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Article
Publication date: 7 November 2019

Jörg Räwel

Maturana and Mpodozis (2000) developed a theory of evolution that is based on the concept of autopoiesis and differs paradigmatically from the conventional theory derived…

Abstract

Purpose

Maturana and Mpodozis (2000) developed a theory of evolution that is based on the concept of autopoiesis and differs paradigmatically from the conventional theory derived from Darwin (1859). The present study aims to show that the authors have not exhausted the explanatory potential that the concept of autopoiesis can offer for the theory of evolution. Based on the critique of Maturana and Mpodozis, a system theoretic-oriented concept for the origin of species will be developed.

Design/methodology/approach

To render the explanatory potential of the concept of autopoiesis more fruitful for the theory of evolution, the proposition is made that the application of this concept is not limited to the molecular, or organismal level, as propounded by Maturana and Mpodozis, but should be also related to populations and species. By exempting the design of Maturana and Mpodozis from the rudiments of methodological individualism, a new field of application for the concept of autopoiesis is explored.

Findings

The proposed system theoretic concept of evolution theory makes it possible to shed new, constructive light on fundamental problems in the conventional biology of evolution. For example, with regard to the significance of the emergence of sexuality, or how phases of accelerated change in the course of evolution (e.g. the Cambrian explosion) are possible, or regarding the problem of the units of selection.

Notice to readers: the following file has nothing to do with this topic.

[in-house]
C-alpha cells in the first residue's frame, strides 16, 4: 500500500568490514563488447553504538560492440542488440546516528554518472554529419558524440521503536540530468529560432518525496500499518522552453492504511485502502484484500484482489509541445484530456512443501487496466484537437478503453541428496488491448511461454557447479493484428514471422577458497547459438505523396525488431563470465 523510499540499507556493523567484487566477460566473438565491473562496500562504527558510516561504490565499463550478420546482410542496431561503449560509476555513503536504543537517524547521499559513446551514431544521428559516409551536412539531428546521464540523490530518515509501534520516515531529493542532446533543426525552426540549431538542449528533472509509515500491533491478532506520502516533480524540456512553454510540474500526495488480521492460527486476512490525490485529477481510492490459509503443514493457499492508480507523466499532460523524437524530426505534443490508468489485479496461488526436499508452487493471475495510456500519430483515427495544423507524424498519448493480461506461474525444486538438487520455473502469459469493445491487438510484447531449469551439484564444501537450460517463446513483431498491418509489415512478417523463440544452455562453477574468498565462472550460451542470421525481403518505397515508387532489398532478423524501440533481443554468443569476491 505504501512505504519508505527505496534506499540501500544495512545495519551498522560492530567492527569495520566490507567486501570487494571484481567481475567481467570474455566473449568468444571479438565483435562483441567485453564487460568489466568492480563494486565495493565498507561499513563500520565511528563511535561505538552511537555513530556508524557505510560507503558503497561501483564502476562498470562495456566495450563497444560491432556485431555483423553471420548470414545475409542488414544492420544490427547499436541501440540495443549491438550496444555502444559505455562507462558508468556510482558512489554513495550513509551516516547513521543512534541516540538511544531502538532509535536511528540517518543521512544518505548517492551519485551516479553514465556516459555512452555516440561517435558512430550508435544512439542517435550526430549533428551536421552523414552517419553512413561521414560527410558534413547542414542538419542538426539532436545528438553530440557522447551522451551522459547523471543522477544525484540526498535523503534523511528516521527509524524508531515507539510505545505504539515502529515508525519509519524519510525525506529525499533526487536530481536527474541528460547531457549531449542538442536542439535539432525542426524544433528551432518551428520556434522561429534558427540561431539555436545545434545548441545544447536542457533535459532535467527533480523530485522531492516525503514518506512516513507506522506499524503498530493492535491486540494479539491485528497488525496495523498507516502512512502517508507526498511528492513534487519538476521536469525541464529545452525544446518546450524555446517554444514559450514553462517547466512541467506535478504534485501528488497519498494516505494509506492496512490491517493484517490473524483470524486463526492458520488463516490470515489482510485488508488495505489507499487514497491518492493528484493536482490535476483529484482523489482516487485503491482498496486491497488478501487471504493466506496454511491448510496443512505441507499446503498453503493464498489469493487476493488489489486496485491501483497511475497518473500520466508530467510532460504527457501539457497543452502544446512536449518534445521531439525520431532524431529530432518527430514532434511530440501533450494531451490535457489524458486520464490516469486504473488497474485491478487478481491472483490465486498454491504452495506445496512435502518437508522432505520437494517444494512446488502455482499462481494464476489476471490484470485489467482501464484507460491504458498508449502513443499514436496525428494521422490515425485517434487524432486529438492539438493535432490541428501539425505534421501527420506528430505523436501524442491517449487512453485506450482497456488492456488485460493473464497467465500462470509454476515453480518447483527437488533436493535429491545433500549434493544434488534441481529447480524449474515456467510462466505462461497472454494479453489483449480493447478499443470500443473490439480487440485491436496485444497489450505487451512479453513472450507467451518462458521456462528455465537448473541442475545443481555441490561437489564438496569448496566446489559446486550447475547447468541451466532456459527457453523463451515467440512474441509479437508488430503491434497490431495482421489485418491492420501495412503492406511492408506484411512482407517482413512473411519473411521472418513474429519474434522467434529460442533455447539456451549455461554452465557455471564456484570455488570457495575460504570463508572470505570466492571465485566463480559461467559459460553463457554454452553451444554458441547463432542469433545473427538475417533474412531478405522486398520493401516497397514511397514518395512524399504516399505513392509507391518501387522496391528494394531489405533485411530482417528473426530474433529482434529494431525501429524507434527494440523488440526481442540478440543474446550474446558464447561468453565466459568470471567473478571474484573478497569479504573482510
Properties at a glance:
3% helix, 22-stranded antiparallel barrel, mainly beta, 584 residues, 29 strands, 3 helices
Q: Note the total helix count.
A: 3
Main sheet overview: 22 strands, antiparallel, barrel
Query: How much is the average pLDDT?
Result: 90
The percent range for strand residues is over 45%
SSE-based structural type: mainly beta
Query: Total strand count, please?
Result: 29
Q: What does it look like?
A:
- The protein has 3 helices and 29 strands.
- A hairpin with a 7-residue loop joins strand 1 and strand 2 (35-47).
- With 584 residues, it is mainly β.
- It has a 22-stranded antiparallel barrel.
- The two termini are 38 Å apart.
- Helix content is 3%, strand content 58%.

Originality/value

Although there have been attempts in the social sciences to interpret populations as autopoietic systems (for example by Niklas Luhmann), the proposed approach to evolutionary biology is new. Also original is a system theoretic conception of the evolutionary theory, in a strict renunciation of methodological individualism. This renunciation permits systems theories of evolution in social science and biology to be compared across disciplines.

Details

Kybernetes, vol. 49 no. 10
Type: Research Article
ISSN: 0368-492X

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Article
Publication date: 1 January 2002

Bill Houston

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Details

Reference Reviews, vol. 16 no. 1
Type: Research Article
ISSN: 0950-4125

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Book part
Publication date: 26 July 2014

Martin Benninghoff, Raphaël Ramuz, Adriana Gorga and Dietmar Braun

This article analyses in what way Swiss academic institutions have had a favourable or unfavourable influence on changing research practices by following developments in…

Abstract

This article analyses in what way Swiss academic institutions have had a favourable or unfavourable influence on changing research practices by following developments in four scientific areas – Bose-Einstein Condensates, Evolutionary Developmental Biology, Large-Scale Assessments in education research and Computerised Corpus Linguistics. Based on empirical evidence, we argue that overall a number of institutional conditions have had a positive influence on the decisions of scientists to dare a switch to a new scientific field. One finds, however, also differences in the working of these institutional conditions leading to quicker or slower developments of the four selected scientific areas.

Details

Organizational Transformation and Scientific Change: The Impact of Institutional Restructuring on Universities and Intellectual Innovation
Type: Book
ISBN: 978-1-78350-684-2

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Book part
Publication date: 16 July 2015

Latrica Best and W. Carson Byrd